The issues of adequate blast-resistant vehicles and available helicopters are 2 sides of the same coin, in any environment that features a lot of land mines. On a related note, one might also ask if there’s enough combat engineering.

FY 2007 – 2009

 

CHL’s 212, Nunavut
(click to view full)

April 5/09: The USA won a pledge from allies during the recent NATO summit, to send as many as 5,000 more troops to help in Afghanistan. As the Miami Herald reports, however:

‘’It was unclear, however, exactly how much Obama won at the gathering of the 28-member North Atlantic Treaty Organization. Some of the troops included in the announcement already had been committed before the summit.”

There is some question regarding how many of these pledged forces will be front-line combat troops, and there was no public mention of more helicopters, either from European militaries or via financed lease. See: CS Monitor | Miami Herald | Washington Post | Britain’s Times Online | The Guardian of London | The Scotsman | Bulgaria’s Novinite | Agence France Presse | Chinese government’s Xinhua | Times op-ed “It is time all Nato countries did their bit.”

 

Apr 3/09: Evergreen Helicopters, Inc., of McMinnville, OR received a $158.4 million indefinite-delivery/ indefinite-quantity contract for helicopters, personnel, equipment, tools, material, maintenance and supervision necessary to perform passenger and cargo air transportation services in Afghanistan. Work is expected to start April 3/09, and run until Nov 30/13. This contract was a competitive acquisition, with 4 offers received by United States Transportation Command’s (USTRANSCOM) Directorate of Acquisition at Scott Air Force Base, IL (HTC711-09-D-0023).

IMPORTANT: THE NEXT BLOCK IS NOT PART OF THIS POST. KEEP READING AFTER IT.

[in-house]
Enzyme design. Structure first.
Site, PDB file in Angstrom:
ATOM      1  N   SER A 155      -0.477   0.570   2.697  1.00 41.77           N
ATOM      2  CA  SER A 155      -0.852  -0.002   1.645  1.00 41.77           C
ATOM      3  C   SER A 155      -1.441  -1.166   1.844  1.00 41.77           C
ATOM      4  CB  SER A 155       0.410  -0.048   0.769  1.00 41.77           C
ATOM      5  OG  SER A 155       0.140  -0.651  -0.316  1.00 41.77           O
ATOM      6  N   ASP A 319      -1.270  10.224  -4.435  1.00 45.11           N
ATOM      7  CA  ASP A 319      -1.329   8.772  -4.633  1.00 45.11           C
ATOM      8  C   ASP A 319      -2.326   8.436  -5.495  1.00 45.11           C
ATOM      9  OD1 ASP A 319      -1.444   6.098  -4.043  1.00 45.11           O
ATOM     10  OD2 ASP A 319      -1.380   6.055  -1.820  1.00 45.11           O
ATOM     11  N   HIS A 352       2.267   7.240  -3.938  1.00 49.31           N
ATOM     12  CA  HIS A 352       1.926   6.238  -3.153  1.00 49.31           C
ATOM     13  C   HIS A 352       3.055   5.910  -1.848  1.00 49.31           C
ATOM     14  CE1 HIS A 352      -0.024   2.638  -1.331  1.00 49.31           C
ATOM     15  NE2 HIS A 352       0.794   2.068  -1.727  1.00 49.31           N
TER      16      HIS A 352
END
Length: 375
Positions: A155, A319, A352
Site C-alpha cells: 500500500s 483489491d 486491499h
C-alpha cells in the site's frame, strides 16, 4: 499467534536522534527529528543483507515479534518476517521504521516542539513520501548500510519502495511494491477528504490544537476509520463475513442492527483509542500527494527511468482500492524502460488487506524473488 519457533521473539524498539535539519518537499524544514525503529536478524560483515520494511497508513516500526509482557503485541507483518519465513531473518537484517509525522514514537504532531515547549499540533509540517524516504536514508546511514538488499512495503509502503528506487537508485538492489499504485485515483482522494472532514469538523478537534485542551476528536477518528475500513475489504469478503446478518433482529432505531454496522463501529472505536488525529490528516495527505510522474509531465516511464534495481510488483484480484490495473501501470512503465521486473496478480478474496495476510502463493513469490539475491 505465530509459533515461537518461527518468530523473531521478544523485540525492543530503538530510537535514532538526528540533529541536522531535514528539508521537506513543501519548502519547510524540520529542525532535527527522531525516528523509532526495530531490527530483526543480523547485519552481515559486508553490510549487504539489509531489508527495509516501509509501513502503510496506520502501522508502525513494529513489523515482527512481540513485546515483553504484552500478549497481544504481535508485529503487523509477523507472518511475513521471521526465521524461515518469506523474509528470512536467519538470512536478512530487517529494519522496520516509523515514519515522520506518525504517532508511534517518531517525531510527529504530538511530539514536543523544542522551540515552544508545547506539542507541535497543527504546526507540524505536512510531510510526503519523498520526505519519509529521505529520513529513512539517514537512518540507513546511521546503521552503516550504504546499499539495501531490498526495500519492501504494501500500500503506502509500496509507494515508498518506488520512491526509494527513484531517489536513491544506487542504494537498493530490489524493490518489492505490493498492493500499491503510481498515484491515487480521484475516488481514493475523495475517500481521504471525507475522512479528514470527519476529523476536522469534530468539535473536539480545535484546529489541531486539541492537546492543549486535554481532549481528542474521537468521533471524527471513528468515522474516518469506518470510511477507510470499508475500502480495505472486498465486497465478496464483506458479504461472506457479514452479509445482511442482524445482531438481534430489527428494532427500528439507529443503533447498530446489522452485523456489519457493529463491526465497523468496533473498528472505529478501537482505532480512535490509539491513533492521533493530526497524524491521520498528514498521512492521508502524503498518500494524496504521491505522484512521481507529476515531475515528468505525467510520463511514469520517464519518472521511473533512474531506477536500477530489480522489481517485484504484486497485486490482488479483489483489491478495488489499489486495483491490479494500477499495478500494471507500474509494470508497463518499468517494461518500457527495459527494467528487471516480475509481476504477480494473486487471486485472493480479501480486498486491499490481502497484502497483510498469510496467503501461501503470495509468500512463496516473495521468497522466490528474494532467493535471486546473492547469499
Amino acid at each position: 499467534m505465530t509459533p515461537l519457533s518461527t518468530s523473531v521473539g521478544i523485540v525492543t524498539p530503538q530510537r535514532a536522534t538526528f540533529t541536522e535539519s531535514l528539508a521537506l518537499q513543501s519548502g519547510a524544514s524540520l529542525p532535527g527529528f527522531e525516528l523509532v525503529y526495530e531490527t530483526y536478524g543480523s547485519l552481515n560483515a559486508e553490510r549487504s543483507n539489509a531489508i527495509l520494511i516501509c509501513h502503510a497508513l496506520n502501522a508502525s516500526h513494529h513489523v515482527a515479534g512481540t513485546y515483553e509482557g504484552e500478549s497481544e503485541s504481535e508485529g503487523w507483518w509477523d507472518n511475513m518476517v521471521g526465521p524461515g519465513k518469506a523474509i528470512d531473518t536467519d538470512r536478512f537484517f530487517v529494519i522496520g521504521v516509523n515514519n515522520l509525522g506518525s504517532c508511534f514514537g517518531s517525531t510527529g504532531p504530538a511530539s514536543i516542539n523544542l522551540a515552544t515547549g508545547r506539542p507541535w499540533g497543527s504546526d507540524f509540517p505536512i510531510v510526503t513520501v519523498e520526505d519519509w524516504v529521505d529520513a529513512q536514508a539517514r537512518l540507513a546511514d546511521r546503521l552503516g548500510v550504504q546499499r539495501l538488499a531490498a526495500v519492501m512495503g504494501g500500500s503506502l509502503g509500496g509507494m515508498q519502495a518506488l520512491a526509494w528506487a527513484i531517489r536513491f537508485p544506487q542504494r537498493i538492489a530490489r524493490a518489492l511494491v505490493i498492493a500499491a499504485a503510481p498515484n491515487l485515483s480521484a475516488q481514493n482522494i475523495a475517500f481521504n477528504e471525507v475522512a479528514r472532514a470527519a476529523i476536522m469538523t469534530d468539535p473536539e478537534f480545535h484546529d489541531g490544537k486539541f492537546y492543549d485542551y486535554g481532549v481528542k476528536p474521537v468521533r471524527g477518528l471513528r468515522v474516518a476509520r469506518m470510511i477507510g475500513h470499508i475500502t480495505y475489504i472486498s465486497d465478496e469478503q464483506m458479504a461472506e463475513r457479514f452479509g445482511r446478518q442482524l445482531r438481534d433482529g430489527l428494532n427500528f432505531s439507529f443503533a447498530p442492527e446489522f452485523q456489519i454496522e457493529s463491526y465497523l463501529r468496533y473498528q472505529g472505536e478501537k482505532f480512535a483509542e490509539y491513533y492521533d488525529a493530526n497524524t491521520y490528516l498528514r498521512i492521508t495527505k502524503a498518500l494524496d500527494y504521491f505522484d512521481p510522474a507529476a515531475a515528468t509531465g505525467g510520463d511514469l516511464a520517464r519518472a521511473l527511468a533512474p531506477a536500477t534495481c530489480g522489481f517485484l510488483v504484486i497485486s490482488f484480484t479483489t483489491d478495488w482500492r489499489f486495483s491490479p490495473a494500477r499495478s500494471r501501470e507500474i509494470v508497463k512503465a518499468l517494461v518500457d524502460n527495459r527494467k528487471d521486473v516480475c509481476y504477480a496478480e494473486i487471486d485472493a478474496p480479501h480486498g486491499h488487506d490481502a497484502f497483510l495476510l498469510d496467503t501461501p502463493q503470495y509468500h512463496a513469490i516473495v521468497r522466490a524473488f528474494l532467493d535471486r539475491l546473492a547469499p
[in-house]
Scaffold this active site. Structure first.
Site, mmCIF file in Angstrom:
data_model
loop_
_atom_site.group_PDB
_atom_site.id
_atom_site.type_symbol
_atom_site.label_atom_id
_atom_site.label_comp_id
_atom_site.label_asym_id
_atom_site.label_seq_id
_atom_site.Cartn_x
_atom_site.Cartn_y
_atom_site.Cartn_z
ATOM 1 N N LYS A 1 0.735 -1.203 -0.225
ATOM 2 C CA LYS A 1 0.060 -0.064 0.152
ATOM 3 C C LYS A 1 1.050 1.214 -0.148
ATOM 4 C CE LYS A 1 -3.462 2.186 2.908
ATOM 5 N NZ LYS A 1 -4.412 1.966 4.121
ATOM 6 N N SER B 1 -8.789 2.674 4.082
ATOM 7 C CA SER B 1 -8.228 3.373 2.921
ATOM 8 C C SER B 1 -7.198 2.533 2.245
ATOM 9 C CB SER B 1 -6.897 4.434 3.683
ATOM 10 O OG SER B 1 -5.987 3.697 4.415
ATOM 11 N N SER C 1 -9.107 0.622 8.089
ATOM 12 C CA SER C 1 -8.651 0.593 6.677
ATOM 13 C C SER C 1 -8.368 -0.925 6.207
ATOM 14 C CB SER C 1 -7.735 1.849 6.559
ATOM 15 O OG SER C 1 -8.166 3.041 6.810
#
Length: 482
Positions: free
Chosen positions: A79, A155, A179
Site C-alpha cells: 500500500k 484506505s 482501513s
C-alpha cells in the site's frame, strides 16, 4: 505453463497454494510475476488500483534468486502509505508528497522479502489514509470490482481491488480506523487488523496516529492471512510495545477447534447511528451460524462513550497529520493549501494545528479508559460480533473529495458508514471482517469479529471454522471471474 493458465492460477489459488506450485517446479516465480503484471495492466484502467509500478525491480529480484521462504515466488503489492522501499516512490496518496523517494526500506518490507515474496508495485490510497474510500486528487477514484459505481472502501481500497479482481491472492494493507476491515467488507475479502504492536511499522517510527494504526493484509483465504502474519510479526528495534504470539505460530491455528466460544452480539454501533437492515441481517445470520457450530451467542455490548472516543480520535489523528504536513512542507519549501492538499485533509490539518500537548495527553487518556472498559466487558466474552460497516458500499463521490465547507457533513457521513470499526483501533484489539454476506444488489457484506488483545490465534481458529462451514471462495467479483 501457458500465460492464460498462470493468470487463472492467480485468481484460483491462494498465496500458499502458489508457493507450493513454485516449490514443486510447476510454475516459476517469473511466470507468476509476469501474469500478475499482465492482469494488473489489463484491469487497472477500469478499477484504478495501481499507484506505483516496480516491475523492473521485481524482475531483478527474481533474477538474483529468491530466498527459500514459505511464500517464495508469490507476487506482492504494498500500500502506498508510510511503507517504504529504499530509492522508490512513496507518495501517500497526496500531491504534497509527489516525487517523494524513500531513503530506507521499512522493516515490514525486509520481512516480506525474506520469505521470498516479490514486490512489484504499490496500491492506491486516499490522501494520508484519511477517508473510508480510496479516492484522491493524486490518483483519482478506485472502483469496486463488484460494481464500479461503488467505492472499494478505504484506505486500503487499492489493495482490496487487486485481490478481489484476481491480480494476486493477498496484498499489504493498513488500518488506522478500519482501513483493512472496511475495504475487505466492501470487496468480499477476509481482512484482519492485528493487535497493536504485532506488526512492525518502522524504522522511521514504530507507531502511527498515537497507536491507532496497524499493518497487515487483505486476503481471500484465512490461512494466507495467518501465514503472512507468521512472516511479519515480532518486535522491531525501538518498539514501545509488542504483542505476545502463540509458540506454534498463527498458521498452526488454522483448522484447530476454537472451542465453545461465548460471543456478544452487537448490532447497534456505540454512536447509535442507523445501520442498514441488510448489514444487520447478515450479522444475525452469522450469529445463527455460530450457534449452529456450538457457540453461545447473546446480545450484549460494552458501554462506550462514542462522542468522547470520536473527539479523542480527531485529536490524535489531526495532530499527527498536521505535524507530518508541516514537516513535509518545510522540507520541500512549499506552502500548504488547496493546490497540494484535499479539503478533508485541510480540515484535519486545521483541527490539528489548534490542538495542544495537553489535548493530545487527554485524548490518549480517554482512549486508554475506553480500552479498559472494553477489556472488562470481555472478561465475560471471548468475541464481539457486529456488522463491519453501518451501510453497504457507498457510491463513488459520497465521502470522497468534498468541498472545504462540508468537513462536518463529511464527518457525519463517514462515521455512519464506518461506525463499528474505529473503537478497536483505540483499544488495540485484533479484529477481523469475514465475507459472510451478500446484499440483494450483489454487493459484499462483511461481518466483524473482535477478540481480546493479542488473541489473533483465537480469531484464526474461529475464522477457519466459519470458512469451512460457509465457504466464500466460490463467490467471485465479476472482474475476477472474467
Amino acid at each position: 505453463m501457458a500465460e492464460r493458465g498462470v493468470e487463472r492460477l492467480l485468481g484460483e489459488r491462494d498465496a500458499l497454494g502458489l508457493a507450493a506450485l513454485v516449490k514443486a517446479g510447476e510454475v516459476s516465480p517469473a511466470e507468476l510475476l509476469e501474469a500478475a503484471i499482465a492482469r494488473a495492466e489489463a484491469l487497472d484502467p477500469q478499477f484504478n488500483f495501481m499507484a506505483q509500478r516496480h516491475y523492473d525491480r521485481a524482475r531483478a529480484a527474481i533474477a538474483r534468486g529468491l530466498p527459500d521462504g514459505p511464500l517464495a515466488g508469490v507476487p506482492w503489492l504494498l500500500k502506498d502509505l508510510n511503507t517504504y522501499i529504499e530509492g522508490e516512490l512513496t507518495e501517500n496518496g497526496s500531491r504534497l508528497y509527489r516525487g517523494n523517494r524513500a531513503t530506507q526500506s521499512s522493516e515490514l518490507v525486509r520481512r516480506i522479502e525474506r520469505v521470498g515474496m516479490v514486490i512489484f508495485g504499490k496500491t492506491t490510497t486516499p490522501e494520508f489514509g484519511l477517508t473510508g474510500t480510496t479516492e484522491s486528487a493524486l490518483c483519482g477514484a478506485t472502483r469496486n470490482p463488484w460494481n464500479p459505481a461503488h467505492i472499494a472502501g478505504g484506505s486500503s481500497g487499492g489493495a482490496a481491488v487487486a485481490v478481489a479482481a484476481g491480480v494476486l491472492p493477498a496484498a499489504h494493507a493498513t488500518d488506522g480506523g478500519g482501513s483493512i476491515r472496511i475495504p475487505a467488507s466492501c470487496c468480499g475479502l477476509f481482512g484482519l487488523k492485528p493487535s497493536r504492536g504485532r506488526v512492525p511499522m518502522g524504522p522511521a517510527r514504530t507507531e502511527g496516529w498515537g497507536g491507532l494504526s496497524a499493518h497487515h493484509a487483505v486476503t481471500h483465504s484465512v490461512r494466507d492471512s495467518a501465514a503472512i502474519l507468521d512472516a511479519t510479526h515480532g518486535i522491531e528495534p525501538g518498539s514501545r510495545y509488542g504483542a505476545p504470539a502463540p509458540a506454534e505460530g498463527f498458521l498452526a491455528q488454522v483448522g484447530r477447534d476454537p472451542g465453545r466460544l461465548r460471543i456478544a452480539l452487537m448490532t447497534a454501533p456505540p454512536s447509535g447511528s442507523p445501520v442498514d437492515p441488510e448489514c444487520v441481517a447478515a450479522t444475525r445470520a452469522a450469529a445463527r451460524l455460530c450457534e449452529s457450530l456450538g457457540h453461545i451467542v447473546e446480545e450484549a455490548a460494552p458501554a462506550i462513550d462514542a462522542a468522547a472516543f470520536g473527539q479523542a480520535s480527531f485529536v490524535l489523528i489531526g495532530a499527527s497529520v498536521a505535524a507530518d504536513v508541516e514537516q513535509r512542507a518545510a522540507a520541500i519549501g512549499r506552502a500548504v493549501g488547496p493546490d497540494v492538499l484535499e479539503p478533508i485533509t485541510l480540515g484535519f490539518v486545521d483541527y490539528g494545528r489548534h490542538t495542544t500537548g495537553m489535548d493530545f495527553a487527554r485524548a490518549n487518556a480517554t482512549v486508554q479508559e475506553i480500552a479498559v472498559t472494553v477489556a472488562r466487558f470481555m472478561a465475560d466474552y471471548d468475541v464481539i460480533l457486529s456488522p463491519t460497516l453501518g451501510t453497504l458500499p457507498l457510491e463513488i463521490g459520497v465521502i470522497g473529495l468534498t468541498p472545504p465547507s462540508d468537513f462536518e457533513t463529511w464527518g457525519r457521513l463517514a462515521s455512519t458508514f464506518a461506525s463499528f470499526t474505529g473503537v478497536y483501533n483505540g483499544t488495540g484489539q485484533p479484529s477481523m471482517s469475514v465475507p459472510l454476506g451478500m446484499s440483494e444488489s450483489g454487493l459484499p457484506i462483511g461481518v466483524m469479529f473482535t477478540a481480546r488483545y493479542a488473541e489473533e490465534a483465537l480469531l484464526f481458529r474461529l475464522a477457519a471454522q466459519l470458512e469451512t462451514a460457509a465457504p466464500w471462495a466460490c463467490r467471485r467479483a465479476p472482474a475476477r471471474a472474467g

Feb 8/09: The Afghan National Army Air Corps takes delivery of the last 3 of 12 helicopters donated by the Czech Republic: 6 Mi-17 utility helicopters, and 6 Mi-24 attack helicopters. NATO release.

Dec 19/08: Canadian Helicopter in Ottawa, Canada won a $31.4 million indefinite-delivery/ indefinite-quantity contract for helicopters to perform passenger and cargo air transportation services in that country. The order is contracted through the Canadian government’s Canadian Commercial Corp., and includes all of the helicopters, associated personnel, equipment, tools, and maintenance involved.

Canadian Helicopters’ release [PDF] says that the contract covers 3 fully crewed and maintained Bell 212 “Twin Huey” helicopters, essentially civilian versions of the USMC’s and USAF’s UH-1Ns. Revenue to the Fund is expected to be in excess of US$ 120 million over 5 years, assuming all option periods are exercised and expected hours are flown. That is far, far more than simply buying and crewing equivalent UH-1Y helicopters would cost – but the contract includes full operations in Afghanistan, as well as risk premiums that would be covered by insurance in other situations.

Work began on Dec 19/08, and the contract runs until Nov 30/13, but contract funds will expire at the end of the Pentagon’s current fiscal year on Sept 30/08. This contract was a competitive acquisition, with 4 bids received by the United States Transportation Command (USTRANSCOM) Directorate of Acquisition at Scott Air Force Base, IL (HTC711-09-D-0022).

Dec 19/08: Presidential Airways, Inc. of Moyock, NC wins a $119 million indefinite-delivery/ indefinite-quantity contract for helicopters to perform passenger and cargo air transportation services in Afghanistan. The order includes all of the associated personnel, equipment, tools, and maintenance involved.

Work under this contract will be performed in Afghanistan and is expected to start Dec 19/08, to be complete by Nov 30/13. This contract was a competitive acquisition, with 4 bids received (HTC711-09-D-0021).